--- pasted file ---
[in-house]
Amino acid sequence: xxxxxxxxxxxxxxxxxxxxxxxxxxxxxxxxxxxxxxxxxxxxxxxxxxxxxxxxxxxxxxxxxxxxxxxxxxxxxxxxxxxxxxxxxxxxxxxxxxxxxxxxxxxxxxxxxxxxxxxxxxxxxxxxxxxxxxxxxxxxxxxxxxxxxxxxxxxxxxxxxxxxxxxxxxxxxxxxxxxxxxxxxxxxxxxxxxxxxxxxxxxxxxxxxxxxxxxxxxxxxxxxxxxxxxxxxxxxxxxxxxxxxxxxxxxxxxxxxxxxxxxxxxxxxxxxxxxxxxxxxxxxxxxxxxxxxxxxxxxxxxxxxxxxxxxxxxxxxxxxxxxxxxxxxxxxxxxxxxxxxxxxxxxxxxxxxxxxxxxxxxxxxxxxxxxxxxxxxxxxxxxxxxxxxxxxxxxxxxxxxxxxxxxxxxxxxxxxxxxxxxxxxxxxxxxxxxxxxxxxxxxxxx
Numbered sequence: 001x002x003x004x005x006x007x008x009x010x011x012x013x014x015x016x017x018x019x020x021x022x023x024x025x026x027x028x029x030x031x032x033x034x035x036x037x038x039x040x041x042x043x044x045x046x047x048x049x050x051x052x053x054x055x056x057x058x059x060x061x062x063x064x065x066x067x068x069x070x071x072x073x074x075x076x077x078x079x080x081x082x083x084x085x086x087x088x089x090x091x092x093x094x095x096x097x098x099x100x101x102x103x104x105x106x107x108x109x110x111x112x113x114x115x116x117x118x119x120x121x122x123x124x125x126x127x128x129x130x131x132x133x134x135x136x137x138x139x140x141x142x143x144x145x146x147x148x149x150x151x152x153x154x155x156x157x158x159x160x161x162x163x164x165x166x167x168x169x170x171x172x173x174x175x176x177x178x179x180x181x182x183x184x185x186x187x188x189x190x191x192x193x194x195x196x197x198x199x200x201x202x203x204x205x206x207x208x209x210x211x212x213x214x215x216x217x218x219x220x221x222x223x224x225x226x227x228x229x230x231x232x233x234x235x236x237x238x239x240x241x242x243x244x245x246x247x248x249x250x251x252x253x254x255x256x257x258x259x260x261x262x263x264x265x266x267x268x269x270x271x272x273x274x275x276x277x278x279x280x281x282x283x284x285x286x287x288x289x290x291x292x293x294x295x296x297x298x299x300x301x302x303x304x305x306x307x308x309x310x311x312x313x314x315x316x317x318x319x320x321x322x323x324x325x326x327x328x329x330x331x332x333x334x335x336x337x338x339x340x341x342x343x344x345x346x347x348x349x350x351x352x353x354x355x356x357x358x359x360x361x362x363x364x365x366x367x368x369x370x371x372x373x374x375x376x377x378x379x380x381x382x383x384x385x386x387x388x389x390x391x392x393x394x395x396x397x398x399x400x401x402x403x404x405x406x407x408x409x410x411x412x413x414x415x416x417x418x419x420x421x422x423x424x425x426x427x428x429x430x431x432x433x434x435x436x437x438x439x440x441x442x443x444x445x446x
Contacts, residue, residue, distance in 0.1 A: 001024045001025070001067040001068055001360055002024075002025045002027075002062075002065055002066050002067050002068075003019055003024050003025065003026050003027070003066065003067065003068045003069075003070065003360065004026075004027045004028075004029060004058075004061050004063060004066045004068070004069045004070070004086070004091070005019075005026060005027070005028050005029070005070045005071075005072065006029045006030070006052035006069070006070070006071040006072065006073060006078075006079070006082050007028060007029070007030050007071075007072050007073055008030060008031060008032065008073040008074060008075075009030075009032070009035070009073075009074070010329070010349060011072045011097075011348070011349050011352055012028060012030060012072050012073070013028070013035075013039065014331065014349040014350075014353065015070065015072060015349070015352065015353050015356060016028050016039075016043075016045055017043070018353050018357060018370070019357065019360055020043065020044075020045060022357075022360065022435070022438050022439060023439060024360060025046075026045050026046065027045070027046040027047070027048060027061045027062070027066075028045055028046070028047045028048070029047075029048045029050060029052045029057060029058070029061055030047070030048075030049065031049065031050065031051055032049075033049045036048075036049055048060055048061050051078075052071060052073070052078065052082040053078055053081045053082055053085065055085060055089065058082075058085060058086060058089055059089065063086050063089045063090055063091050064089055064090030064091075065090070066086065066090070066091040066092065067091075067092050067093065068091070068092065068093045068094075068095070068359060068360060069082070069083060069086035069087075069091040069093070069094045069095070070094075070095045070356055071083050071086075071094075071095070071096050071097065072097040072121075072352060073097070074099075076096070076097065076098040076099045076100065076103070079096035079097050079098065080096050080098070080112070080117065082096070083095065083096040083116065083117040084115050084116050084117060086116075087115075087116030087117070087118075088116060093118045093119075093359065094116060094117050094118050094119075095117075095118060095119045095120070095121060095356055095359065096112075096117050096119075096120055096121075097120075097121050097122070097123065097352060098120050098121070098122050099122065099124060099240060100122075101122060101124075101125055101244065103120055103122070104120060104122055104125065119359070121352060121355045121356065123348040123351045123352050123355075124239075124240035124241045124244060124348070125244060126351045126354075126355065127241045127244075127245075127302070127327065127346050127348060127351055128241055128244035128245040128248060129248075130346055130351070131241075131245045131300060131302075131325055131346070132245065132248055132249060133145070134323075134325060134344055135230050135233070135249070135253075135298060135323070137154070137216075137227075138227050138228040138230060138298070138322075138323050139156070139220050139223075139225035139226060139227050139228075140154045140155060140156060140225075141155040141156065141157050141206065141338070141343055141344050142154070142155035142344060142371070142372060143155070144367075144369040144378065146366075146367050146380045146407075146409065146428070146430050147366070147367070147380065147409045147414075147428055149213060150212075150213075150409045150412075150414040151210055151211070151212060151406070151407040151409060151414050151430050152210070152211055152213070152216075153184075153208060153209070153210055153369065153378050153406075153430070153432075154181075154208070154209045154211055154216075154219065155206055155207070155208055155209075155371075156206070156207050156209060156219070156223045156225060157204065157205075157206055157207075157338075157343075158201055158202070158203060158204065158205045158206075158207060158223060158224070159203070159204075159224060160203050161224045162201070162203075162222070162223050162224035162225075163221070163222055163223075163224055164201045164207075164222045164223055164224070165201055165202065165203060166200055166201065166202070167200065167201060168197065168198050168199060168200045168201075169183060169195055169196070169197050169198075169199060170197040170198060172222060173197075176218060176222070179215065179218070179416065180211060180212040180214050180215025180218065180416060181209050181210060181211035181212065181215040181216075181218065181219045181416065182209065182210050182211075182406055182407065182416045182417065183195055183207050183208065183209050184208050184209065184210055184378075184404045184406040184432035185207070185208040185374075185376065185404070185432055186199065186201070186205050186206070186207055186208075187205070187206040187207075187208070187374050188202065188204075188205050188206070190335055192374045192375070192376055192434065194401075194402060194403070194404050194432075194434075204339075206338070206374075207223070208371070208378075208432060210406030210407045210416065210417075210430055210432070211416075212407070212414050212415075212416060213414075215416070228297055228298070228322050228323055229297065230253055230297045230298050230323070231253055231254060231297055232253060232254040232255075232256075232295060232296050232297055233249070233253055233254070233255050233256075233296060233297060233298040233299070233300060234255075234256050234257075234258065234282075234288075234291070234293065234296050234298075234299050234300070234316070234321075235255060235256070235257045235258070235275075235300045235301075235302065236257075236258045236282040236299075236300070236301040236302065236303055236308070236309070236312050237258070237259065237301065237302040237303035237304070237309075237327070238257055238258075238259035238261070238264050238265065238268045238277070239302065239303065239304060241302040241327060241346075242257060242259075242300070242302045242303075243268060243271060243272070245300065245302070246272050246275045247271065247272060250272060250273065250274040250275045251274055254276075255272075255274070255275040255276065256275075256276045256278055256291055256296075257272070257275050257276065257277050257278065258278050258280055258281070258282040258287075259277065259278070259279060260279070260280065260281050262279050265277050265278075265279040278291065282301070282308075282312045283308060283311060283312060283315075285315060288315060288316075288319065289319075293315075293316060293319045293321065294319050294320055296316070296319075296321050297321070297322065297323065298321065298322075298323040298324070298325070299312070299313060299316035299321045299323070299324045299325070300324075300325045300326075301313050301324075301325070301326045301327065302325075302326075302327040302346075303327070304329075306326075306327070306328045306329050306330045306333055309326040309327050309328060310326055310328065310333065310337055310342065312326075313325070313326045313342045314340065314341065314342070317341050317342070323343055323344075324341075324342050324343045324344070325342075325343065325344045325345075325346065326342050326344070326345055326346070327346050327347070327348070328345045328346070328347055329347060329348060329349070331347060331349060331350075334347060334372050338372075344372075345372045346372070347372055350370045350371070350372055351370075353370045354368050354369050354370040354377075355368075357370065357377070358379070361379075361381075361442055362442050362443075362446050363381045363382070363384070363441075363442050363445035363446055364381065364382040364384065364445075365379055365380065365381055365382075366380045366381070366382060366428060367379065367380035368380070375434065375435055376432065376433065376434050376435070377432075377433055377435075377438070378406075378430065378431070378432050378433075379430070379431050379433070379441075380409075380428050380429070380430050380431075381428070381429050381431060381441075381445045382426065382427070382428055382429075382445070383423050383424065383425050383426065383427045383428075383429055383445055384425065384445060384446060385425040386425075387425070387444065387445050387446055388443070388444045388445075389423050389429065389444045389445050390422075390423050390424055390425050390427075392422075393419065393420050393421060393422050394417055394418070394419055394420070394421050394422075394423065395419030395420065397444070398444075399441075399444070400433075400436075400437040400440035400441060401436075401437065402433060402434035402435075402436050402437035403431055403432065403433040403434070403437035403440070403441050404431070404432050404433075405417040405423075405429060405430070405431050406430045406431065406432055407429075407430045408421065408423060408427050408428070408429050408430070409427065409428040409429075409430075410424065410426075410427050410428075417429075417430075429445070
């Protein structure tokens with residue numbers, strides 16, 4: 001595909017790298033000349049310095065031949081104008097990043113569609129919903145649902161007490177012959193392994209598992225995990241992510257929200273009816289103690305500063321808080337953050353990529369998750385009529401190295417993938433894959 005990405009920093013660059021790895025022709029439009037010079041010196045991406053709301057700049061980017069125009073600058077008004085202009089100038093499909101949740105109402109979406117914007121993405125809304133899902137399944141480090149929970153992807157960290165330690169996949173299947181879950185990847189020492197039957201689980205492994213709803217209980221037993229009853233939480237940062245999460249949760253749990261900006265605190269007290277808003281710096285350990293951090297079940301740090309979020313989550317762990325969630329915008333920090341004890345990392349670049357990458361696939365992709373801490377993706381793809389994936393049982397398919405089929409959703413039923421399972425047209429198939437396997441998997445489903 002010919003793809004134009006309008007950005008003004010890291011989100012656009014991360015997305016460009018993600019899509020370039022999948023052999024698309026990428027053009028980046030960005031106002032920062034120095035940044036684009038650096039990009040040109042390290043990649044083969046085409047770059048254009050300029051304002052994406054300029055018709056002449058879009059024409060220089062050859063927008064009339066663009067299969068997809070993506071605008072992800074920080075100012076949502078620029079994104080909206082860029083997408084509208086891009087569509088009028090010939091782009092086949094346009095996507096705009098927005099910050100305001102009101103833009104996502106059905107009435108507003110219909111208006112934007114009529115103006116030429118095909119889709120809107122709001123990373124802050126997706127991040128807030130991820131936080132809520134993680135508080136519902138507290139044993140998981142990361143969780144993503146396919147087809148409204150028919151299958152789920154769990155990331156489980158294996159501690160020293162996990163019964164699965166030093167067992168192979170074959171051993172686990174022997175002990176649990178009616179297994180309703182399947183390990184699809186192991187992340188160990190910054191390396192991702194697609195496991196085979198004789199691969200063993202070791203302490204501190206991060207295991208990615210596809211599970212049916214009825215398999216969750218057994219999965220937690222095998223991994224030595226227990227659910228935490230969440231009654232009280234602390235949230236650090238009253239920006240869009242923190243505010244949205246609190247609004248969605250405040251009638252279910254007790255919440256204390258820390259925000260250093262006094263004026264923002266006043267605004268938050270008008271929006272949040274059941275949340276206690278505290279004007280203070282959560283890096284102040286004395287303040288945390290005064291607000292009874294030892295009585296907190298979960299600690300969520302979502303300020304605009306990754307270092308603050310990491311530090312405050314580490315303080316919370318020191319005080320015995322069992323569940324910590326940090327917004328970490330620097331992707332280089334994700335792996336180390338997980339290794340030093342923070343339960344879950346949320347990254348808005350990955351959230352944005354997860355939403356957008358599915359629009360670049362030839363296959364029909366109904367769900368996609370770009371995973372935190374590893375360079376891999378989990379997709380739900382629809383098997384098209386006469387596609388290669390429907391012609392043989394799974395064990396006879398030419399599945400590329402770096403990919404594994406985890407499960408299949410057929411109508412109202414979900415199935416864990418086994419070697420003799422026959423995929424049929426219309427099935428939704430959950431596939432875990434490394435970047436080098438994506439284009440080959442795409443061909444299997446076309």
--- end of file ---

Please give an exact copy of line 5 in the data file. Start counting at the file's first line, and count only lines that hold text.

């Protein structure tokens with residue numbers, strides 16, 4: 001595909017790298033000349049310095065031949081104008097990043113569609129919903145649902161007490177012959193392994209598992225995990241992510257929200273009816289103690305500063321808080337953050353990529369998750385009529401190295417993938433894959 005990405009920093013660059021790895025022709029439009037010079041010196045991406053709301057700049061980017069125009073600058077008004085202009089100038093499909101949740105109402109979406117914007121993405125809304133899902137399944141480090149929970153992807157960290165330690169996949173299947181879950185990847189020492197039957201689980205492994213709803217209980221037993229009853233939480237940062245999460249949760253749990261900006265605190269007290277808003281710096285350990293951090297079940301740090309979020313989550317762990325969630329915008333920090341004890345990392349670049357990458361696939365992709373801490377993706381793809389994936393049982397398919405089929409959703413039923421399972425047209429198939437396997441998997445489903 002010919003793809004134009006309008007950005008003004010890291011989100012656009014991360015997305016460009018993600019899509020370039022999948023052999024698309026990428027053009028980046030960005031106002032920062034120095035940044036684009038650096039990009040040109042390290043990649044083969046085409047770059048254009050300029051304002052994406054300029055018709056002449058879009059024409060220089062050859063927008064009339066663009067299969068997809070993506071605008072992800074920080075100012076949502078620029079994104080909206082860029083997408084509208086891009087569509088009028090010939091782009092086949094346009095996507096705009098927005099910050100305001102009101103833009104996502106059905107009435108507003110219909111208006112934007114009529115103006116030429118095909119889709120809107122709001123990373124802050126997706127991040128807030130991820131936080132809520134993680135508080136519902138507290139044993140998981142990361143969780144993503146396919147087809148409204150028919151299958152789920154769990155990331156489980158294996159501690160020293162996990163019964164699965166030093167067992168192979170074959171051993172686990174022997175002990176649990178009616179297994180309703182399947183390990184699809186192991187992340188160990190910054191390396192991702194697609195496991196085979198004789199691969200063993202070791203302490204501190206991060207295991208990615210596809211599970212049916214009825215398999216969750218057994219999965220937690222095998223991994224030595226227990227659910228935490230969440231009654232009280234602390235949230236650090238009253239920006240869009242923190243505010244949205246609190247609004248969605250405040251009638252279910254007790255919440256204390258820390259925000260250093262006094263004026264923002266006043267605004268938050270008008271929006272949040274059941275949340276206690278505290279004007280203070282959560283890096284102040286004395287303040288945390290005064291607000292009874294030892295009585296907190298979960299600690300969520302979502303300020304605009306990754307270092308603050310990491311530090312405050314580490315303080316919370318020191319005080320015995322069992323569940324910590326940090327917004328970490330620097331992707332280089334994700335792996336180390338997980339290794340030093342923070343339960344879950346949320347990254348808005350990955351959230352944005354997860355939403356957008358599915359629009360670049362030839363296959364029909366109904367769900368996609370770009371995973372935190374590893375360079376891999378989990379997709380739900382629809383098997384098209386006469387596609388290669390429907391012609392043989394799974395064990396006879398030419399599945400590329402770096403990919404594994406985890407499960408299949410057929411109508412109202414979900415199935416864990418086994419070697420003799422026959423995929424049929426219309427099935428939704430959950431596939432875990434490394435970047436080098438994506439284009440080959442795409443061909444299997446076309």